Science Seen Time One author Colin Gillespie helps you understand the physics of your world.

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Planck-scale: The Answer to Figuring Out Our Weird Universe New fundamentals needed now.

The messages are clear but are we listening? For almost a hundred years we’ve known the universe has been expanding since it began. For almost twenty years we’ve known the expansion has been accelerating for billions of years. With each new discovery physics hastens to adjust its theories to fit the new facts. Now more precise measurements seem to say the universe is now expanding faster than physics can explain.  New fundamental physics focused on the Planck-scale universe could answer many questions.

Though physics’ propensity to turn a deaf ear is a big problem, it is not exactly news. Two comments on Facebook quickly said so. Laurent Keller says instead of ‘faster than physics can explain’ we should say ‘faster than our current knowledge of physics can explain. Which is quite poor really, explaining only 5% of reality, the rest being made of something dark and unknown.’ He means so-called Dark Energy and Dark Matter.  Dan Woods says ‘Reality is the same, evidence stays the same, why doesn’t the science change?’ Well, although those new measurements just tweaked the evidence, they are both right: Our current physics is deep in doo-doo and the message is not getting through. How so? And what to do about it?

The universe is a fantastic laboratory. As more and better data come in from new telescopes we should not be surprised if they challenge the status quo. That is the whole idea. But physicists are loath to abandon long-treasured precepts. Rightly so; they represent a huge intellectual investment. So there is strong motivation to try to keep the injured theory alive. But at what cost? And for how long?

In 1900 physics theory seemed complete. But observations showed two small discrepancies. Soon the whole edifice came tumbling down. The resulting scientific revolution now forms the basis of the world economy. Today’s physics is replete with dozens of major discrepancies. It is time for a new scientific revolution.

Where did physics go wrong? Some three hundred years ago Isaac Newton and Gottfried Leibniz developed the math of continuous variables, called calculus. A hundred fifty years ago, when Bernhard Riemann laid the foundation for modern geometries, he showed we must assume either that space is continuous or that it is made of tiny discontinuous bits. Conventional physics today uses Riemann’s geometry with the first assumption. It is increasingly clear that this assumption, though convenient, is wrong. At Planck scale, space is made of indivisible bits.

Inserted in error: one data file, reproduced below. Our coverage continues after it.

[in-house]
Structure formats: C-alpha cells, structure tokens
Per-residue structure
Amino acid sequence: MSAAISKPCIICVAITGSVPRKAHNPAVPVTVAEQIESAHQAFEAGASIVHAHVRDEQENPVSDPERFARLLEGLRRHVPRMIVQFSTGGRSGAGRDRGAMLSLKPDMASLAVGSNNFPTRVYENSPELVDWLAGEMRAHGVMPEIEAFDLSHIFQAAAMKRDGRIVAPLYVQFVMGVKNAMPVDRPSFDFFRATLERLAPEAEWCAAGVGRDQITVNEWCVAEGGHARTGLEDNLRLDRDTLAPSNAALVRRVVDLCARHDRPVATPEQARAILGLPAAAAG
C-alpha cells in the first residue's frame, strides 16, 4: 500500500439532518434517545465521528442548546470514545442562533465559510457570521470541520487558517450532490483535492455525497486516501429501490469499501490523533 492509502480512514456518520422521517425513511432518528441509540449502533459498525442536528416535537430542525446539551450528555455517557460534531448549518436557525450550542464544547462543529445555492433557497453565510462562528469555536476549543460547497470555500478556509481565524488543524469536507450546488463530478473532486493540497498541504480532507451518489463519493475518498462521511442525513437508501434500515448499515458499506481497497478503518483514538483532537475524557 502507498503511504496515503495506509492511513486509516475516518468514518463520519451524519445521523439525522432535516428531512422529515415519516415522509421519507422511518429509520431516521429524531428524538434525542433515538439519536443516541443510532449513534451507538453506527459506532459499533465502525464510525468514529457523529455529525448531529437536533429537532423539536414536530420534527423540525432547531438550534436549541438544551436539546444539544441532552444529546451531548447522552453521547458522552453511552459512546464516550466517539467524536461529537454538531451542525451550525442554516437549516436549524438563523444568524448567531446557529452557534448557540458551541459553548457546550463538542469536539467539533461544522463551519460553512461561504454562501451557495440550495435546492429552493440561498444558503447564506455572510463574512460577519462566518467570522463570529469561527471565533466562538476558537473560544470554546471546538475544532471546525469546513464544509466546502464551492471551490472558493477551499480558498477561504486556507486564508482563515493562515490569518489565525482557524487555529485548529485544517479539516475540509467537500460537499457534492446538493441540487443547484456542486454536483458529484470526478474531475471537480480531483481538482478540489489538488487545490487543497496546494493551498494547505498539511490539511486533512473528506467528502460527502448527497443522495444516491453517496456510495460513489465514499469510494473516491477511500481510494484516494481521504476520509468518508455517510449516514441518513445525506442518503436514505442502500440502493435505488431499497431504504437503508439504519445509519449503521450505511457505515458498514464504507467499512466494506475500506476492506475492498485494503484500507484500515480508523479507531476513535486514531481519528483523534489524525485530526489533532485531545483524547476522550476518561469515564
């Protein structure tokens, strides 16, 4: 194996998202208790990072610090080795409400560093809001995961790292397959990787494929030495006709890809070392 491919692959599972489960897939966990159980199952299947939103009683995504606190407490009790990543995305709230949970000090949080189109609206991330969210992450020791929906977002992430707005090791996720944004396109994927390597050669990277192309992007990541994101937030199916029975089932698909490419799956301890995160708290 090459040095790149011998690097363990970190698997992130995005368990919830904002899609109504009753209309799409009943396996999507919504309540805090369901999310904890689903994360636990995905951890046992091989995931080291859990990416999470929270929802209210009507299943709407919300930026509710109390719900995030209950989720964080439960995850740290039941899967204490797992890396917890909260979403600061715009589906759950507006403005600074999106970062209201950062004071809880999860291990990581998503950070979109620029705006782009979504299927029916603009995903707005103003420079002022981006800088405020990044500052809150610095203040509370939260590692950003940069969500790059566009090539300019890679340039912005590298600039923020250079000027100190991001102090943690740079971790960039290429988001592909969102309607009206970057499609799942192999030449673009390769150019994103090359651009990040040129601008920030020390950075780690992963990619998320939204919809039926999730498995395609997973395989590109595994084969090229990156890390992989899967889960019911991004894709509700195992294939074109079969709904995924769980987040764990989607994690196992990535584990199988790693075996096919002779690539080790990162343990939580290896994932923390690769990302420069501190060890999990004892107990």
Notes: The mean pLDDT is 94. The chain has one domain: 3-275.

A second mistake haunts the halls of physics. In 1905 Hermann Minkowski built on Einstein’s special relativity and sold the physics world on spacetime, which folded time and 3-D space into a single 4-D concept. Its virtue too is convenience (it allowed physicists to cling to Euclidean concepts of geometry and space). And its vice too is that, taken seriously, it is wrong. As Daryl Janzen points out, the universe is fundamentally 3-D and time is altogether distinct from space.

Planck scaleTwo new fields of physics are concerned with the structure of space at the very tiny sizes known as Planck-scale: string theory and quantum gravity. But so far neither is developing coherent Planck-scale concepts of: What is space? and What is time? Thus leading quantum-gravity theorist Carlo Rovelli could say a few years ago that ‘Fundamental physics is today in a peculiar phase of deep conceptual confusion.’

What is missing is not so much physics as philosophy. We need a conversation about the universe at Planck scale. Unfortunately few philosophers work on this. Those who do tend to build on a foundation of quantum mechanics and general relativity, in my view a profound mistake. Quantum mechanics and general relativity offer nothing but confusion in the beginning; they should arise naturally when we arrive at the end. We need to begin anew. We need a Planck-scale ontology. Start with: What exactly are those Planck-scale bits of space?

In Time One I say they are tiny Calabi-Yau Planck-sized volumes of string-theory fame and that we should take them seriously (which, curiously, string theorists don’t). It says the universe expands because they replicate. This underpins a new ontology that can answer many questions. It can lead to new physics and explain the vast variation of the universe’s expansion speeds all the way from 10-43 s, when it was far faster than the speed of light, to billions of years after its beginning, when expansion is still too fast for our old equations.

Image credit: University of New South Wales

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